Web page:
The conversion of paraffin hydrocarbons into producer gas (a mixture of carbon monoxide and hydrogen) has great industrial importance. The raw material may be natural gases, casinghead gases, petroleum refining gases, or any petroleum fraction. Low-cost hydrogen, which is consumed in large quantities for the production of ammonia, for hydrorefining of petroleum products, and for hydrocracking, is obtained from producer gas. Ammonia is the raw material for the preparation of fertilizers (ammonium nitrate and urea) and hydrocyanic acid. The two-stage conversion of methane also yields concentrated carbon monoxide, which is used in many processes of petrochemical synthesis. Producer gas is widely used in the oxo process, which is based on the reactions of olefins with carbon monoxide and hydrogen. Methanol, which is the raw material for the production of formaldehyde, an important product in the manufacture of plastics, varnishes, and adhesives, is produced from carbon monoxide and hydrogen.

A wide variety of products is produced from paraffins by oxidation, halogenation, nitration, and sulfonation. Acetic acid is produced in large quantities by direct liquid-phase air oxidation of the light fractions of direct-distillation gasoline (boiling limits, 30°-90°C) at 150°-210°C and 4 meganewtons per sq m (40 technical atmospheres) in the presence of cobalt acetate or manganese acetate. Liquid-phase air oxidation of solid normal paraffins to higher fatty acids (C10-C20) is a large-scale process. The oxidation of N-paraffins (C10-C20) is used in industry for the production of higher alcohols, which are converted into surface-active agents and detergents of the alkyl sulfate type.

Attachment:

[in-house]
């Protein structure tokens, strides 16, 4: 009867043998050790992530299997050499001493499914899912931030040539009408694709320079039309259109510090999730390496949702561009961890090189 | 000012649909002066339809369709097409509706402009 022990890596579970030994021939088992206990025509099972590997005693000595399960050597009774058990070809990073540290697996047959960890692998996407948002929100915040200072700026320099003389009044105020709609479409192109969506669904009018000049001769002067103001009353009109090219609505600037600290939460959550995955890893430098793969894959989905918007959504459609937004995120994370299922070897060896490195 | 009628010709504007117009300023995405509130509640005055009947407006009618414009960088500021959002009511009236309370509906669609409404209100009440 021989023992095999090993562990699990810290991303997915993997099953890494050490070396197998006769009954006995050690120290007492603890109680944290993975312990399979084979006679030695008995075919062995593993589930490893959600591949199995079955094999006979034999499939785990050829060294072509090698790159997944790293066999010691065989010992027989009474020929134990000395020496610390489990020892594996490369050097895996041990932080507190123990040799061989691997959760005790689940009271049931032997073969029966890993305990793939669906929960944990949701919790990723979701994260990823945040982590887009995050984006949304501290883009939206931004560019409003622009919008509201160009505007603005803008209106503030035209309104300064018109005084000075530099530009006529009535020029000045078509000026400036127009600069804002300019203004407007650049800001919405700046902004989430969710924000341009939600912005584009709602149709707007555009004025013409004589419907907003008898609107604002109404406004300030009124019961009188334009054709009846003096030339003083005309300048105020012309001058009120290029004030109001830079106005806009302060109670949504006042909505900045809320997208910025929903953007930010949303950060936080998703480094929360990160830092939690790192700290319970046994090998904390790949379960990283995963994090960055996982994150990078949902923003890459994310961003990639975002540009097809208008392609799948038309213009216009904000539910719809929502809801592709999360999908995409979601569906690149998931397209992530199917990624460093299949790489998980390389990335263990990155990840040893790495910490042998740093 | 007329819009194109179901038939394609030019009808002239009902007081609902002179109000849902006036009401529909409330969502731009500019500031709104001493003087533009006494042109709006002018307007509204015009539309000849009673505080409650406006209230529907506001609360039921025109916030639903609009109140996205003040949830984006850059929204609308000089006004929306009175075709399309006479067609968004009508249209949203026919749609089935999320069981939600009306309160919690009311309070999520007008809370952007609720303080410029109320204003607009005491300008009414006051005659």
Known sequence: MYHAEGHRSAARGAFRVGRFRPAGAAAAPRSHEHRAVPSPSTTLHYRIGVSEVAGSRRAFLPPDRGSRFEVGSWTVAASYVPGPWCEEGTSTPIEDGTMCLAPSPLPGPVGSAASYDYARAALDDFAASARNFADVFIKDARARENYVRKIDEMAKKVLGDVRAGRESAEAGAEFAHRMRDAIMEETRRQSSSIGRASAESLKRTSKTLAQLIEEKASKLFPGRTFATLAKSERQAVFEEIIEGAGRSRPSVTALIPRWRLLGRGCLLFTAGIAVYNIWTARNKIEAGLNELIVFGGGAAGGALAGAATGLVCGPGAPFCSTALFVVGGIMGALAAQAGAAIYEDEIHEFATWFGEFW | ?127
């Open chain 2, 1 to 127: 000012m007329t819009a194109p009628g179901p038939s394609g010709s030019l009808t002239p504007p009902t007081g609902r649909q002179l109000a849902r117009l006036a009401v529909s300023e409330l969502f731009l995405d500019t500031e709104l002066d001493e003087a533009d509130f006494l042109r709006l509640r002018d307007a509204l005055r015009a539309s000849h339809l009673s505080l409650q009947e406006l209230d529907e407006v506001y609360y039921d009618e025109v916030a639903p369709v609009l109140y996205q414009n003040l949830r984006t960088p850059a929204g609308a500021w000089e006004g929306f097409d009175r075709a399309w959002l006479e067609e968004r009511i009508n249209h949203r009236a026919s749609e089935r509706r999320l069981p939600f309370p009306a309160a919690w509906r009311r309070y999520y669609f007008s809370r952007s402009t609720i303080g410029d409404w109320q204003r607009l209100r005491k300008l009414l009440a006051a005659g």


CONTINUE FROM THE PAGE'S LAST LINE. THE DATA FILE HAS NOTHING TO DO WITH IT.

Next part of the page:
Halogen derivatives of paraffins are produced on an industrial scale. Methyl chloride, methylene chloride, chloroform, and carbon tetrachloride are produced from methane. Methylene chloride and carbon tetrachloride are good solvents. Chloroform is used in the synthesis of tetrachloroethylene, chlorofluorine derivatives, and the valuable monomer tetrafluoroethylene. Chlorination of ethane yields hexachloroethane and other chloro derivatives. Chloroparaffin-40 (about 40 percent CI), a product of chlorination of solid paraffins, is used as a plasticizer; chloroparaffin-70 (about 70 percent CI) is used for the impregnation of fire-resistant paper and fabrics. Products of the complete fluorination of narrow fractions of kerosine and gas oil are valuable lubricants and hydraulic fluids with high thermal and chemical stability. They can perform for extended periods at 250°-300°C in highly aggressive media. Freons—chlorofluorine derivatives of methane and ethane—are used as refrigerants. A mixture of nitroparaffins is obtained by nitration with nitric acid of propane and paraffins that boil above 160°-180°C. Such mixtures are used as solvents and intermediates in the production of nitro alcohols, amino alcohols, and explosives. Surface-active agents of the alkylsulfonate type are obtained by sulfochlorination and sulfoxidation of kerosine fractions and N-paraffins from C12 to C20.

Unsaturated hydrocarbons. Because of their great reactivity, unsaturated hydrocarbons are widely used in petrochemical synthesis. Many products are synthesized from olefins, diene hydrocarbons, and acetylene.